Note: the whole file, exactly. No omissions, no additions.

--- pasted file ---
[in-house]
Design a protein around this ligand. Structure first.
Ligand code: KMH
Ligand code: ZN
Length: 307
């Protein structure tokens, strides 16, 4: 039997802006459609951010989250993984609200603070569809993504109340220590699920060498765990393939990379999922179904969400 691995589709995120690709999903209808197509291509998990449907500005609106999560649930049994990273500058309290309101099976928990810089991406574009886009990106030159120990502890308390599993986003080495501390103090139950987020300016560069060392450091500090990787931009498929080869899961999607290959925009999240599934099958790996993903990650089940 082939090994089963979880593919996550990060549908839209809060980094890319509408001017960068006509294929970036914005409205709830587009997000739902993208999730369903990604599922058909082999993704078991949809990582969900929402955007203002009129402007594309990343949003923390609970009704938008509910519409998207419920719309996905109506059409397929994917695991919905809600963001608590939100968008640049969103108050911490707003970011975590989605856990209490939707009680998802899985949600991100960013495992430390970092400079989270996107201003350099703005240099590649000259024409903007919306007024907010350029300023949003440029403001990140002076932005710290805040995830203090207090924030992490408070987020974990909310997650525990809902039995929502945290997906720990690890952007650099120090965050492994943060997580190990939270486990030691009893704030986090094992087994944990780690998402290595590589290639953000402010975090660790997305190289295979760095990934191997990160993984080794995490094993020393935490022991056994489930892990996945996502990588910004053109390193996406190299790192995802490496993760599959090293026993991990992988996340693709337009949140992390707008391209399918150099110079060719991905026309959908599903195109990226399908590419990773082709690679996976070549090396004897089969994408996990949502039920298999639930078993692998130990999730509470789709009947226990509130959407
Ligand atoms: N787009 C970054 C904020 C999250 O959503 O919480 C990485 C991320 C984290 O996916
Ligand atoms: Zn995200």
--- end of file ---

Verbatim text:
[in-house]
Design a protein around this ligand. Structure first.
Ligand code: KMH
Ligand code: ZN
Length: 307
């Protein structure tokens, strides 16, 4: 039997802006459609951010989250993984609200603070569809993504109340220590699920060498765990393939990379999922179904969400 691995589709995120690709999903209808197509291509998990449907500005609106999560649930049994990273500058309290309101099976928990810089991406574009886009990106030159120990502890308390599993986003080495501390103090139950987020300016560069060392450091500090990787931009498929080869899961999607290959925009999240599934099958790996993903990650089940 082939090994089963979880593919996550990060549908839209809060980094890319509408001017960068006509294929970036914005409205709830587009997000739902993208999730369903990604599922058909082999993704078991949809990582969900929402955007203002009129402007594309990343949003923390609970009704938008509910519409998207419920719309996905109506059409397929994917695991919905809600963001608590939100968008640049969103108050911490707003970011975590989605856990209490939707009680998802899985949600991100960013495992430390970092400079989270996107201003350099703005240099590649000259024409903007919306007024907010350029300023949003440029403001990140002076932005710290805040995830203090207090924030992490408070987020974990909310997650525990809902039995929502945290997906720990690890952007650099120090965050492994943060997580190990939270486990030691009893704030986090094992087994944990780690998402290595590589290639953000402010975090660790997305190289295979760095990934191997990160993984080794995490094993020393935490022991056994489930892990996945996502990588910004053109390193996406190299790192995802490496993760599959090293026993991990992988996340693709337009949140992390707008391209399918150099110079060719991905026309959908599903195109990226399908590419990773082709690679996976070549090396004897089969994408996990949502039920298999639930078993692998130990999730509470789709009947226990509130959407
Ligand atoms: N787009 C970054 C904020 C999250 O959503 O919480 C990485 C991320 C984290 O996916
Ligand atoms: Zn995200």